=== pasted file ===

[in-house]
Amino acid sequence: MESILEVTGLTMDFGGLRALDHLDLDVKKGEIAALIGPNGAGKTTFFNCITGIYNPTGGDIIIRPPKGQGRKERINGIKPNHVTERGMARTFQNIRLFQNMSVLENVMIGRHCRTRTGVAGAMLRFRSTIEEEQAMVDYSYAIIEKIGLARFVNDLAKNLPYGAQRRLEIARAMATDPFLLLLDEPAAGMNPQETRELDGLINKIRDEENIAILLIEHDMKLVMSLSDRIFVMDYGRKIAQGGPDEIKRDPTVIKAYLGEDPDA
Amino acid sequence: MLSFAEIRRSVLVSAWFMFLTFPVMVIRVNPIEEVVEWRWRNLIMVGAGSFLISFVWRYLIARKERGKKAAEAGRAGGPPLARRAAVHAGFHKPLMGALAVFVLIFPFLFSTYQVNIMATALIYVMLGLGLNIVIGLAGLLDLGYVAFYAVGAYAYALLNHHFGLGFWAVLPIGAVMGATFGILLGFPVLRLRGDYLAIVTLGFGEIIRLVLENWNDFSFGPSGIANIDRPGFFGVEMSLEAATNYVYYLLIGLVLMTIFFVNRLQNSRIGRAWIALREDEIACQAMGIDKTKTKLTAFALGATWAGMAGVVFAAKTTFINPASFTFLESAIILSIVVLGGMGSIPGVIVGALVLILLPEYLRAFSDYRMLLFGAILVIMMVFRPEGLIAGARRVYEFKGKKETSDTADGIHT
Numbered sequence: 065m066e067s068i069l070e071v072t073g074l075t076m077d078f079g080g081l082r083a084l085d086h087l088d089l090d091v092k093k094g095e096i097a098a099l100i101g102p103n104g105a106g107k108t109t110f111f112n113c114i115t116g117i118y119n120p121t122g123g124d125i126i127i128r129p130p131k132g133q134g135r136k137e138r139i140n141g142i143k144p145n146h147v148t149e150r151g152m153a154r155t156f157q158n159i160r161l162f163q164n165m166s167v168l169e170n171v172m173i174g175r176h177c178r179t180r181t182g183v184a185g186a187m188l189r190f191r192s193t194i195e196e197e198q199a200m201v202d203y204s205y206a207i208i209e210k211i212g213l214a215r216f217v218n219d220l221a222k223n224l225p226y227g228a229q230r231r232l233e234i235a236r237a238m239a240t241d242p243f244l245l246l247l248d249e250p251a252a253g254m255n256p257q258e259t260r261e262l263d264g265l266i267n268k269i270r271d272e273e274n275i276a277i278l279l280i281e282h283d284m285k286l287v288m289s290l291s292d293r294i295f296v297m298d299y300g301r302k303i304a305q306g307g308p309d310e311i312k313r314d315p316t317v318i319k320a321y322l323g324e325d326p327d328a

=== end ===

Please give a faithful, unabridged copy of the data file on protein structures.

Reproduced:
[in-house]
Amino acid sequence: MESILEVTGLTMDFGGLRALDHLDLDVKKGEIAALIGPNGAGKTTFFNCITGIYNPTGGDIIIRPPKGQGRKERINGIKPNHVTERGMARTFQNIRLFQNMSVLENVMIGRHCRTRTGVAGAMLRFRSTIEEEQAMVDYSYAIIEKIGLARFVNDLAKNLPYGAQRRLEIARAMATDPFLLLLDEPAAGMNPQETRELDGLINKIRDEENIAILLIEHDMKLVMSLSDRIFVMDYGRKIAQGGPDEIKRDPTVIKAYLGEDPDA
Amino acid sequence: MLSFAEIRRSVLVSAWFMFLTFPVMVIRVNPIEEVVEWRWRNLIMVGAGSFLISFVWRYLIARKERGKKAAEAGRAGGPPLARRAAVHAGFHKPLMGALAVFVLIFPFLFSTYQVNIMATALIYVMLGLGLNIVIGLAGLLDLGYVAFYAVGAYAYALLNHHFGLGFWAVLPIGAVMGATFGILLGFPVLRLRGDYLAIVTLGFGEIIRLVLENWNDFSFGPSGIANIDRPGFFGVEMSLEAATNYVYYLLIGLVLMTIFFVNRLQNSRIGRAWIALREDEIACQAMGIDKTKTKLTAFALGATWAGMAGVVFAAKTTFINPASFTFLESAIILSIVVLGGMGSIPGVIVGALVLILLPEYLRAFSDYRMLLFGAILVIMMVFRPEGLIAGARRVYEFKGKKETSDTADGIHT
Numbered sequence: 065m066e067s068i069l070e071v072t073g074l075t076m077d078f079g080g081l082r083a084l085d086h087l088d089l090d091v092k093k094g095e096i097a098a099l100i101g102p103n104g105a106g107k108t109t110f111f112n113c114i115t116g117i118y119n120p121t122g123g124d125i126i127i128r129p130p131k132g133q134g135r136k137e138r139i140n141g142i143k144p145n146h147v148t149e150r151g152m153a154r155t156f157q158n159i160r161l162f163q164n165m166s167v168l169e170n171v172m173i174g175r176h177c178r179t180r181t182g183v184a185g186a187m188l189r190f191r192s193t194i195e196e197e198q199a200m201v202d203y204s205y206a207i208i209e210k211i212g213l214a215r216f217v218n219d220l221a222k223n224l225p226y227g228a229q230r231r232l233e234i235a236r237a238m239a240t241d242p243f244l245l246l247l248d249e250p251a252a253g254m255n256p257q258e259t260r261e262l263d264g265l266i267n268k269i270r271d272e273e274n275i276a277i278l279l280i281e282h283d284m285k286l287v288m289s290l291s292d293r294i295f296v297m298d299y300g301r302k303i304a305q306g307g308p309d310e311i312k313r314d315p316t317v318i319k320a321y322l323g324e325d326p327d328a